I’ve been pretty rubbish with literary festivals this year, thanks to a combination of a wedding, no money and erratic organisational skills. I didn’t squat in a wood listening to under-tens performance poetry at Bestival; nor hear Kazuo Ishiguro hold forth at Oxford; nor belly laugh with David Sedaris at Edinburgh. I’m not even making it to Cheltenham this month, although it is starting to rival Hay as the must-go big-name book bacchanal.
But I did make it to one: the first First Story Festival, held a couple of weeks ago at Broughton Castle in Oxfordshire. It was as far from self-satisfied-middle-class-echo-chamber-with-overpriced-organic-icecream as you could get, and frankly, I suspect it was the best.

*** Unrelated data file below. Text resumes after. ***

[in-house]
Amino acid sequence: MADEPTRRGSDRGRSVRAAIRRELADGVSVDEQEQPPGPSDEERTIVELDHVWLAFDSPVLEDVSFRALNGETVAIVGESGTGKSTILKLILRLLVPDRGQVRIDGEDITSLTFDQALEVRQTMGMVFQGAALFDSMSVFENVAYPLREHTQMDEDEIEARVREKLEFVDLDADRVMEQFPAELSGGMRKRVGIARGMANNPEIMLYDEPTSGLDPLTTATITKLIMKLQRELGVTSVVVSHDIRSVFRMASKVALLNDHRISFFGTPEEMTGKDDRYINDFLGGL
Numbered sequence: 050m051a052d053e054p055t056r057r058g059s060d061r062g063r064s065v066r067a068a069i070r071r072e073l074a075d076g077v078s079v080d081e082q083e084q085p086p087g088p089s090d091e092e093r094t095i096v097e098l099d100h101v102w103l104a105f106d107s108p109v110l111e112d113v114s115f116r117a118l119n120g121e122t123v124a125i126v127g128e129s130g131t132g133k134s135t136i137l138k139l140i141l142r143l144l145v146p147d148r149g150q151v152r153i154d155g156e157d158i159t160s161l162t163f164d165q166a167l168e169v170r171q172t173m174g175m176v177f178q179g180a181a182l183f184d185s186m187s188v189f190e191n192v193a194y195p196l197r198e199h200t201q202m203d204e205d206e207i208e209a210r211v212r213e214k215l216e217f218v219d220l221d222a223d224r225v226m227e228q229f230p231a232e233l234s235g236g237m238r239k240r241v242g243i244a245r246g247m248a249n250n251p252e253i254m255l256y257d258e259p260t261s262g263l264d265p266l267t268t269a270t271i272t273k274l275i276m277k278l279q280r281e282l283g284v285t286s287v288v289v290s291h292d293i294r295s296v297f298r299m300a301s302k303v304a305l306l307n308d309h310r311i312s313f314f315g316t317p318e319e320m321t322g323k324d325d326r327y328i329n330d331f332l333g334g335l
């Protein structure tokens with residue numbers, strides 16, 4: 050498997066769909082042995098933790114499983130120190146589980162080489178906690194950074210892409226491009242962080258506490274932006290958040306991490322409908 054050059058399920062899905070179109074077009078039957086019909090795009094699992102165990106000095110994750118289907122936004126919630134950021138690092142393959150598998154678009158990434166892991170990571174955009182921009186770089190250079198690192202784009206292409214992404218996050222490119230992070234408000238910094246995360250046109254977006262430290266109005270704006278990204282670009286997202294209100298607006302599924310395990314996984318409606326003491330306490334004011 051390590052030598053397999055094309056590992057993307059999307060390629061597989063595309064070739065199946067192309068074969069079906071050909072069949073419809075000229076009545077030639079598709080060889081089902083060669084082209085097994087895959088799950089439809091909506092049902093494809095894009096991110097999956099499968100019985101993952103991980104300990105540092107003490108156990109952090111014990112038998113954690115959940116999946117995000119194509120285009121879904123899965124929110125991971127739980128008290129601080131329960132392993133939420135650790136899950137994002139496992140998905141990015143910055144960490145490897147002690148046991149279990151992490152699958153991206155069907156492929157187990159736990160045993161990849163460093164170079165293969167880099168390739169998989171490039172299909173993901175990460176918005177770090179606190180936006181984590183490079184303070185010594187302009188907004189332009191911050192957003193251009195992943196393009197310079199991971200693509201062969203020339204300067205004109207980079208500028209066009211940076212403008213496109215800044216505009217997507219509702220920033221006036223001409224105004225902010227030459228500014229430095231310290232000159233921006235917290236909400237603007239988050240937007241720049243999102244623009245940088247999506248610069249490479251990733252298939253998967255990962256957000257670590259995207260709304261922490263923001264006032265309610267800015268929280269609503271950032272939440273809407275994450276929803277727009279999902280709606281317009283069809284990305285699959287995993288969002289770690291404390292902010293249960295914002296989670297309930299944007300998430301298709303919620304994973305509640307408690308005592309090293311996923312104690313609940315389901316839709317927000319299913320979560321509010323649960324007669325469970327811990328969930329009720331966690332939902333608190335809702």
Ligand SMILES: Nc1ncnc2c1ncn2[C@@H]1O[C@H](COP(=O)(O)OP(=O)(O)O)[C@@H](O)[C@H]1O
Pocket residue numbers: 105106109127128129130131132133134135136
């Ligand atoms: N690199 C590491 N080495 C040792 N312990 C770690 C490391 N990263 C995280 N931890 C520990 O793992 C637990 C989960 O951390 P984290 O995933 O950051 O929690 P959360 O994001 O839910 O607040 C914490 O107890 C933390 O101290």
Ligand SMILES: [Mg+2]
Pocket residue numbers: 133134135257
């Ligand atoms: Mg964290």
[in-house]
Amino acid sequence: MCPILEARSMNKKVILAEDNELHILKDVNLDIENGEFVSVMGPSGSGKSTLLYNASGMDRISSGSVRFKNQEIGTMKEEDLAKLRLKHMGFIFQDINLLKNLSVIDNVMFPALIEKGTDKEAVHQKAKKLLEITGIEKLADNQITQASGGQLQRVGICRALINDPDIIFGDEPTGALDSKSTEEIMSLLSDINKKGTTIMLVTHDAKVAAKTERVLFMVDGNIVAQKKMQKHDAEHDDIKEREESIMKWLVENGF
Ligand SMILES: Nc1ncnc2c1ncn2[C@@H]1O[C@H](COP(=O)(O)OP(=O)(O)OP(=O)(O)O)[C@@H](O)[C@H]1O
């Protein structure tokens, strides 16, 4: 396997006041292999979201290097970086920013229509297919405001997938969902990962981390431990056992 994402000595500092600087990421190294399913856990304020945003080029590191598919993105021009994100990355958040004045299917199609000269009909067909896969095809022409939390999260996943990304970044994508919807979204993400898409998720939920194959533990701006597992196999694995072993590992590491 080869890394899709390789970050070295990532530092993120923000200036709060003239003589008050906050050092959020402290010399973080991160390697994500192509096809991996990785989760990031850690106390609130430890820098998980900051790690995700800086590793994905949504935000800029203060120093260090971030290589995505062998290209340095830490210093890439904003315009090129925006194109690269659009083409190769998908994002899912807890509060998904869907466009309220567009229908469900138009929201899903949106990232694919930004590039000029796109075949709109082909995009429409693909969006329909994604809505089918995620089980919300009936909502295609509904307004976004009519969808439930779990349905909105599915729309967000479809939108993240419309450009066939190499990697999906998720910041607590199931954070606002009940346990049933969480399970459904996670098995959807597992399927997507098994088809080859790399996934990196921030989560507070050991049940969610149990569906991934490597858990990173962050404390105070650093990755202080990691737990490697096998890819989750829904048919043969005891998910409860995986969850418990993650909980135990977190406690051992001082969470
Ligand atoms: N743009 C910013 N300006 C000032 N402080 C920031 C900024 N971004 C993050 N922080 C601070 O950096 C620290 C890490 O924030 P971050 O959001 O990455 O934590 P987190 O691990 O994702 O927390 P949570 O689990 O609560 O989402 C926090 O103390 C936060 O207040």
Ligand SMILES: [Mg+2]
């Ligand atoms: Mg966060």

At First Story, two genial evenings of author talks and Q&As – from Michael Morpurgo and David Nicholls, no less – sandwiched an admirably ambitious day where 500 school children got “an infusion of poetry and prose workshops, readings and talks from some of Britain’s best published writers and performers”, all focused on getting them to write: there and then, themselves.